Internationally acclaimed violinist Midori will tour JUNO Award-winning Canadian composer Vivian Fung's Birdsong to DC, NYC, and London from November 2-8, 2019. Commissioned by the Delaware Chamber Music Festival through the DeRosa Family Fund, Fung's 10-minute long Birdsong was premiered in June, 2012 in Wilmington, Delaware by violinist Kristin Lee and pianist Conor Hanick. Birdsong was written in memoriam of Julian Rodescu and showcases the virtuosity of both piano and violin, with quick runs, intense rhythmic passages, and exploration of improvisational moments. The title refers to the birdcalls of the opening and closing, as well as the general rhapsodic nature of the violin in this piece.
On Saturday, November 2, 2019 at 8:00pm, The Library of Congress in DC presents Midori and pianist Ieva Jokubaviciute in a program of works by pieces by prominent living female composers, including Fung's Birdsong.
The program is repeated in New York City on Monday, November 4, 2019 at 8:00pm presented by Le Poisson Rouge. The performance marks the New York premiere of Tamar Diesendruck's new work. Midori and Ieva Jokubaviciute travel to the United Kingdom to perform the program at London's Kings Place on Friday, November 8, 2019 at 7:30pm. The performance marks the UK premieres of both Tamar Diesendruck's new work and Vivian Fung's Birdsong.
Listen to Birdsong on Soundcloud: https://soundcloud.com/vivianfung/birdsong-for-violin-and-piano
For more information, visit http://www.gotomidori.com/concerts/
--Katy Salomon, Morahan Arts and Media
Salon/Sanctuary Concerts Opens Its 11th Season
Thriving for centuries before and surviving four centuries after, persisting in a hostile foreign land long after the first ship bearing human cargo arrived in 1619, the chants and dances of Western Africa pre-date by centuries any music that we currently refer to as "early."
Come hear some of the oldest music known to us today – music that survived a harrowing ocean journey, flickering in the shadows of the Land of the Free, pulsing with enduring power through the amplified soundscape of modern American popular song.
Acclaimed Liberian soprano Dawn Padmore and kora master Yacouba Sissoko join Afro Roots Artistic Director, percussion virtuoso and multi-instrumentalist Kevin Nathaniel and an ensemble of West African virtuosi in a thrilling performance of traditional Western African music from lands now known to us as Ghana, Liberia, Ivory Coast, Senegal and Sierra Leone. Our New York season opens with music from the beginning.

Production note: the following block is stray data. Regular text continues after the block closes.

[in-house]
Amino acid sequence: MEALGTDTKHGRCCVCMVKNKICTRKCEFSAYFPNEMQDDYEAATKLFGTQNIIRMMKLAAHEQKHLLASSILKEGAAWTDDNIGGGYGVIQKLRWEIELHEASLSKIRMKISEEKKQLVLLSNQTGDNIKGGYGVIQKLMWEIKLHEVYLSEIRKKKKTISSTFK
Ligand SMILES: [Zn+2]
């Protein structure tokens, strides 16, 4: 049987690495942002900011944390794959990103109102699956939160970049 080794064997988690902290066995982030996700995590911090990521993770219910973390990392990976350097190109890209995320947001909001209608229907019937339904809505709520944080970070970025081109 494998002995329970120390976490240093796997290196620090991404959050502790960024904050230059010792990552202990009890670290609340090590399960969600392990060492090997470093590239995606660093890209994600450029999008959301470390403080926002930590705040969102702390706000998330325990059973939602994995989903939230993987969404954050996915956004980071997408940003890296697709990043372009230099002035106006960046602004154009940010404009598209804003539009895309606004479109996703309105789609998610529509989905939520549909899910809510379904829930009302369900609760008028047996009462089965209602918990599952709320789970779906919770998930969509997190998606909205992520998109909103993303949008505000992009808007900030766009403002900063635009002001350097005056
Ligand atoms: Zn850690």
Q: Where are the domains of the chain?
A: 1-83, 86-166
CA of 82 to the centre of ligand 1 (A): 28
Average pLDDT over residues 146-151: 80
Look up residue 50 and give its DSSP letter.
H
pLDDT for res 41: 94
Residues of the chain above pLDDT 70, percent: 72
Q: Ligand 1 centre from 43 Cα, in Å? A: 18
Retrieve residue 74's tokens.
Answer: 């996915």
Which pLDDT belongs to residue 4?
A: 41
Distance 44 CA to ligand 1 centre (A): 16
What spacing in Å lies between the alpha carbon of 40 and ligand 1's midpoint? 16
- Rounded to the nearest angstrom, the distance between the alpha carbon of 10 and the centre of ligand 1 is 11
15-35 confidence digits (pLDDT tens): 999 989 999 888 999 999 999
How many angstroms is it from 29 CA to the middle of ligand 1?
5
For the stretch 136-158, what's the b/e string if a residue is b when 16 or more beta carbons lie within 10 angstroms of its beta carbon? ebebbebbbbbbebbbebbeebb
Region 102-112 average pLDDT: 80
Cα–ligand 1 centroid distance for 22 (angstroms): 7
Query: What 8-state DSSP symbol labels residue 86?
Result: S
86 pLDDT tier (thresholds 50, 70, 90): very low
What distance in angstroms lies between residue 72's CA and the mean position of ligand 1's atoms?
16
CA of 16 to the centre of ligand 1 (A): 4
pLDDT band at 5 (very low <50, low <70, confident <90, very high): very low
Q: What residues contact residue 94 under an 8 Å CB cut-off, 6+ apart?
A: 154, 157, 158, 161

In the Beginning: Early Music of Western Africa
Tuesday, November 12, 7:30pm
The Bernie Wohl Center
647 Columbus Avenue, New York City
Call 1 888 718 4253 or visit http://www.salonsanctuary.org
Los Angeles Master Chorale Opens 2019-20 Season
The Los Angeles Master Chorale will open its new season on Saturday, October 19 at 2:00 PM and Sunday, October 20 at 7:00 PM with two works new to the ensemble, conducted by Grant Gershon, Kiki & David Gindler Artistic Director. Bruckner's majestic Mass in F Minor reflects the composer's devout spiritualism and Romantic-era passion, intensity, and color. Golijov's Oceana, which gets its Los Angeles premiere at these concerts, marries music with poetry by Pablo Neruda to depict, in the composer's words, "water and longing, light and hope, the immensity of South America's nature and pain."
Soloists from the ranks of the Master Chorale will join the chorus and orchestra for the Bruckner Mass, and jazz singer Luciana Souza will be the guest soloist in the Golijov's Oceana. "We are thrilled to begin our 2019-20 season at Walt Disney Concert Hall," says Jean Davidson, President and CEO of the Master Chorale. "This pairing of Bruckner's Great Mass No. 3 in F Minor and Osvaldo Golijov's transcendent Oceana together create a feeling of connection, the synthesis of many human voices harmonizing together to remind us that dissonance always leads to resolution, that we are all in this together, that we are not alone."
An opening night benefit celebration will take place after the Sunday evening concert, with live music, cocktails and a buffet inspired by Golijov's Oceana. Tickets to the celebration are $400 for the Opening Night Celebration and a concert ticket, and $250 for the post-concert celebration. Tickets can be purchased by contacting Brian Tillis, Events Manager at email@example.com (213) 972-3162.
For more information, visit https://lamasterchorale.org/bruckner-mass.
--Lisa Bellamore, LA Master Chorale
The Crypt Sessions Presents Matan Porat
On November 19, 2019, The Crypt Sessions presents pianist Matan Porat, hailed by The New York Times for his "magnificent sound and breath of expression," in his program Lux, a cycle that traces the course of a day from dawn to dusk, journeying through twelve pieces of music composed across twelve centuries. The performance features an eclectic range of composers from Schumann and Beethoven to Adès and Pintscher.
The performance will begin at 8:00 pm, with a food and wine pre-concert reception at 7:00 pm included in the ticket price.
For complete information, visit https://www.deathofclassical.com/cryptsessions/lux